These multiple dimensions of dialogue found their way into the texts of the Council – a good year after the publication of the encyclical. The idea is now developed in the opposite direction by the various dialogue circles that are contained in the Pastoral Constitution Gaudium et spes. There is first of all a need to be able to engage in a dialogue within the Church. This requires “mutual esteem, reverence and harmony”, and is followed by ecumenical and interfaith dialogue, and finally by a dialogue with all people worldwide. A strong theological rationale is given here as well: “Since God the Father is the origin and purpose of all men, we are all called to be brothers.”
If we take a somewhat closer look at the dialogue with Jews and Muslims, we find in the texts of the Council an important theological foundation for the special bond with the monotheistic brothers and sisters. Like all human beings, they are children of the one God. But the Council further states that they also worship the same God. God has never dissolved the Covenant which He made with the Jewish people; He does not repent of the gifts He makes (cf. NA 4). And with regard to Muslims, the Dogmatic Constitution on the Church emphasises that they are “professing to hold the faith of Abraham” and “along with us adore the one and merciful God, who on the last day will judge mankind”. The decisive word in the Latin text is: nobiscum (“with us”).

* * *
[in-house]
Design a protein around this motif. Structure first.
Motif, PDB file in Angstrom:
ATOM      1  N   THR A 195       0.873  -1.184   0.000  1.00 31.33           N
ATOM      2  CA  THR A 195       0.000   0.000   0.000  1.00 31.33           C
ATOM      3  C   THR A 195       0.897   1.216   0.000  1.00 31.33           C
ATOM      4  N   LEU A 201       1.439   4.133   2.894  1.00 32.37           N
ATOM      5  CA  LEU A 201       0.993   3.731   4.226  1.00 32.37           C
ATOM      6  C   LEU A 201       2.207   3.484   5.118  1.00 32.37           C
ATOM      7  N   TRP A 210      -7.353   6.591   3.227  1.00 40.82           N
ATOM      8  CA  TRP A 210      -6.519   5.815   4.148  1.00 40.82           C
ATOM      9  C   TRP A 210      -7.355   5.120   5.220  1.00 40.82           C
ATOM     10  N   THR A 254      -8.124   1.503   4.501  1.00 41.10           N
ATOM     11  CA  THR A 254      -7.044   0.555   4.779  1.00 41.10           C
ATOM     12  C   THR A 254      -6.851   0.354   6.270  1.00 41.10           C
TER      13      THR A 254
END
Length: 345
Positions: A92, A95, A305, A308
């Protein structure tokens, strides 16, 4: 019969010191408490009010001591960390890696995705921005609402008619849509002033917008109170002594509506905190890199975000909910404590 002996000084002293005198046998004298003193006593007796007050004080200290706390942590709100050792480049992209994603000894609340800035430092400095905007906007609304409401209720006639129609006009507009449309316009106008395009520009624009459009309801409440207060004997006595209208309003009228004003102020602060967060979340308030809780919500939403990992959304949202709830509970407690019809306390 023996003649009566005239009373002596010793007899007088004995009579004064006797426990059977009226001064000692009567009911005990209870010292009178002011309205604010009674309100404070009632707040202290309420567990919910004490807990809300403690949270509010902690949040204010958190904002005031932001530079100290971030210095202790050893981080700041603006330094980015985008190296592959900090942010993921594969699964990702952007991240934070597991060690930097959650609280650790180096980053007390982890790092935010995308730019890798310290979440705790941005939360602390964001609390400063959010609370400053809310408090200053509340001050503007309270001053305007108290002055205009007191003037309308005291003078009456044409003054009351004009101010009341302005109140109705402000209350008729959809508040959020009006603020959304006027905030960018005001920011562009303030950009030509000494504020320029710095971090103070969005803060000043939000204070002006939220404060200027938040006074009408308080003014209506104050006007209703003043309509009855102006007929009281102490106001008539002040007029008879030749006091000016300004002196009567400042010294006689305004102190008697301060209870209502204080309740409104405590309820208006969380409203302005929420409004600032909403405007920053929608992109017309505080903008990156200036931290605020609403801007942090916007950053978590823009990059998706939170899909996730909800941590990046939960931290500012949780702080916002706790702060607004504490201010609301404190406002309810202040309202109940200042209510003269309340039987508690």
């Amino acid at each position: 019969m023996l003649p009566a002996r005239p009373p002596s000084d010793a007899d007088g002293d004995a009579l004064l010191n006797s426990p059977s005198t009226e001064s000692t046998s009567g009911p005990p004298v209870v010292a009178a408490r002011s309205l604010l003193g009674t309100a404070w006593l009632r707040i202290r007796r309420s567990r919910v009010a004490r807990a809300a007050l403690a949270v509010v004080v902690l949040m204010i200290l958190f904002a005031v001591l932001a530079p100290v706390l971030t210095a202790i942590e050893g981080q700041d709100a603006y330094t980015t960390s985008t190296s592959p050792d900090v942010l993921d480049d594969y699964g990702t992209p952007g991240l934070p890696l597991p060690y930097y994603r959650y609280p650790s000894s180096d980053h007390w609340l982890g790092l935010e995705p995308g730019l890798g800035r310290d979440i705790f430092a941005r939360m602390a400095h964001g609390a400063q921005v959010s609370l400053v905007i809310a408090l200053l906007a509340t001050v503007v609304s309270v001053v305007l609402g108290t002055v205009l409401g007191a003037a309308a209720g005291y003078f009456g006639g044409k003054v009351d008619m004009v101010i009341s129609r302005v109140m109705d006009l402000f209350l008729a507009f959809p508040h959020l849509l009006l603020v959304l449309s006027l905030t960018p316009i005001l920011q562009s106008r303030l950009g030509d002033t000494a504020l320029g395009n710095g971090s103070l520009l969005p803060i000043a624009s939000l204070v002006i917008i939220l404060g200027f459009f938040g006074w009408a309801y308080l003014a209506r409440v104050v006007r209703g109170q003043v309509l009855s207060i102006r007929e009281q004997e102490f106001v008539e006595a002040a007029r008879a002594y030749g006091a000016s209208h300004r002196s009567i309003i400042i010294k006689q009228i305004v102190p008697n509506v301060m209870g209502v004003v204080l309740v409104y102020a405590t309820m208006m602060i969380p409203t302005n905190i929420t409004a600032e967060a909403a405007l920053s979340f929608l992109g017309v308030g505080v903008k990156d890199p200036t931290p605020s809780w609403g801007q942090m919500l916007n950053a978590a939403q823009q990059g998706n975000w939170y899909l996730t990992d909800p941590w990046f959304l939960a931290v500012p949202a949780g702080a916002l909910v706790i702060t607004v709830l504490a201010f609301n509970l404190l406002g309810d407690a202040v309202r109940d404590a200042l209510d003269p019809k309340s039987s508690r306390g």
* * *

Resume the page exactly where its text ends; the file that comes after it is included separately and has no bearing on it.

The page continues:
Dialogue is not a matter of relativism or syncretism; the Council’s texts by no means seek to hide striking differences. Nor can there be any question of the Church putting Her mission of proclaiming the message of Jesus Christ into second place in favour of superficial harmony, in fact quite the contrary. On the one hand, sincere dialogue must be conducted without ulterior motives and tactical considerations. The decisive factor is respect for others. On the other hand, dialogue and proclamation must also not be seen as a contradiction. As Pope John Paul II – whose name is closely associated with the cause of interfaith encounters because of the Assisi prayers of peace – stated, dialogue – beyond self-interest – “is an activity with its own […] dignity”. John Paul II pointed out at the same time that other religions are certainly to be considered a “positive challenge” in spiritual terms, since “they stimulate her both to discover and acknowledge the signs of Christ’s presence and of the working of the Spirit, as well as to examine more deeply her own identity and to bear witness to the fullness of Revelation which she has received for the good of all.”